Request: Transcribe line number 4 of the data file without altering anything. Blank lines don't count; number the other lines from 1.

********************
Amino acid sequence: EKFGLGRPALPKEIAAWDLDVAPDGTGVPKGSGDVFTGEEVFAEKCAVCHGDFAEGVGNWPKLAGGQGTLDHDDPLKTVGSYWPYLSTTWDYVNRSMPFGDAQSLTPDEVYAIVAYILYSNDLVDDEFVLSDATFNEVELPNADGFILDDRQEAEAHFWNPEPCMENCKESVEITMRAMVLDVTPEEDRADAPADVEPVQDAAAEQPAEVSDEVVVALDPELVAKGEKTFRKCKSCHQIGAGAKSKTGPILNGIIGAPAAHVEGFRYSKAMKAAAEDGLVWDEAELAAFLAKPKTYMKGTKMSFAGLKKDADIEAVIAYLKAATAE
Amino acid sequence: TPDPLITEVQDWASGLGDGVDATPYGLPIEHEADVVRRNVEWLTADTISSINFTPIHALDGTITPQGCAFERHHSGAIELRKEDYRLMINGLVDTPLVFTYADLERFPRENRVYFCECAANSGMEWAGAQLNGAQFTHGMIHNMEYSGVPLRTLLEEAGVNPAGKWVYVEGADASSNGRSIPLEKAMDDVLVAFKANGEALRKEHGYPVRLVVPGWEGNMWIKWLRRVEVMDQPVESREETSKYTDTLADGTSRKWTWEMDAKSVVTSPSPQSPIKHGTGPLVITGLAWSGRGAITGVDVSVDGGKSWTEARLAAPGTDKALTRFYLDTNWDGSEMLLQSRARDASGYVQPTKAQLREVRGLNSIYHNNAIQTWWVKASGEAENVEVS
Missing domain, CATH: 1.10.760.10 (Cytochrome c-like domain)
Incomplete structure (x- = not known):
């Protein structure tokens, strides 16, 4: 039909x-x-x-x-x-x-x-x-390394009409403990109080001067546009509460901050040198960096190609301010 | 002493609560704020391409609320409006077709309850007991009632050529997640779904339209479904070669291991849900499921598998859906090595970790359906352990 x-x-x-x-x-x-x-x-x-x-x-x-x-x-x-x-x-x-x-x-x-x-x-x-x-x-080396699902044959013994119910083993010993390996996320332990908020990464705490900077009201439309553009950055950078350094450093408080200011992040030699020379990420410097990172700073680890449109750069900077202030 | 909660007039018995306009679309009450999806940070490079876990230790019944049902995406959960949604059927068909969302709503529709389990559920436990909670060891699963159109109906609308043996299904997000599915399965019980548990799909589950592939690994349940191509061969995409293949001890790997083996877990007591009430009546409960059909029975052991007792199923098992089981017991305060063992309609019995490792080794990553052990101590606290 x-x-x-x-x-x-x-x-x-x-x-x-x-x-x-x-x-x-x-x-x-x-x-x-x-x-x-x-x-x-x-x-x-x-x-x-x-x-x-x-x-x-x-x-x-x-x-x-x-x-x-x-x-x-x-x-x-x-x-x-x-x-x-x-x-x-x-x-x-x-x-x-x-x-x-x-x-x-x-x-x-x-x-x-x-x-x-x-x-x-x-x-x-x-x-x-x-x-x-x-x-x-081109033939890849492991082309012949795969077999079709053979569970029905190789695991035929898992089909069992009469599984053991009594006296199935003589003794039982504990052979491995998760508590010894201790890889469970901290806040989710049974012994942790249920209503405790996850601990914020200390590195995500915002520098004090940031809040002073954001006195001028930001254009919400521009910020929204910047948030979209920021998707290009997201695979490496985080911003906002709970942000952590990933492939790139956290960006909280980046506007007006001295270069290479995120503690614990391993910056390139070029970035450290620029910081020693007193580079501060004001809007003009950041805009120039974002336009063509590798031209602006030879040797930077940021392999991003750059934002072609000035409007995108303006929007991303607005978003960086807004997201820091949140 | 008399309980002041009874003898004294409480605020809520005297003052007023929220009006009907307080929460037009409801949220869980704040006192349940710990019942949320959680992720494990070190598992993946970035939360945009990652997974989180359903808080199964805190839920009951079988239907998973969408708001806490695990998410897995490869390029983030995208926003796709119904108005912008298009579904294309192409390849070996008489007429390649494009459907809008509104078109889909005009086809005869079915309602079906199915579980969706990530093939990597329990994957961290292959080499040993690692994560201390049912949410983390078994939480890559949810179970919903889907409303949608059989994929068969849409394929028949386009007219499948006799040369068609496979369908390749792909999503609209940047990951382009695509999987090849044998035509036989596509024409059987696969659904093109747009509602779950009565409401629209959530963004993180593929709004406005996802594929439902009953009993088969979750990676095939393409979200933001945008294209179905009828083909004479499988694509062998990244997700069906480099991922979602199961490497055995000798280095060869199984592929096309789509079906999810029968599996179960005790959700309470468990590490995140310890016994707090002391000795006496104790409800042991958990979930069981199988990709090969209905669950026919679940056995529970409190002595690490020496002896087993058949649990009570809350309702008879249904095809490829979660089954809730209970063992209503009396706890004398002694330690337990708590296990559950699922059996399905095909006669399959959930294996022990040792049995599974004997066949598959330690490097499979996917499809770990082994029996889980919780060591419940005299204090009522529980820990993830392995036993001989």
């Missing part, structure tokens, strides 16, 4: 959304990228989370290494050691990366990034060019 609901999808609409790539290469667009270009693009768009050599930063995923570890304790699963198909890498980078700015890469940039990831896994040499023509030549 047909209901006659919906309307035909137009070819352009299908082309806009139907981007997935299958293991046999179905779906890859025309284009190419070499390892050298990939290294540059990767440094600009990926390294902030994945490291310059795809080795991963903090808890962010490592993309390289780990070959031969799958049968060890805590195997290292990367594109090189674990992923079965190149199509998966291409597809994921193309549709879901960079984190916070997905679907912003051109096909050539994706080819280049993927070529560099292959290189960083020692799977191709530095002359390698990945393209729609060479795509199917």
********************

Incomplete structure (x- = not known):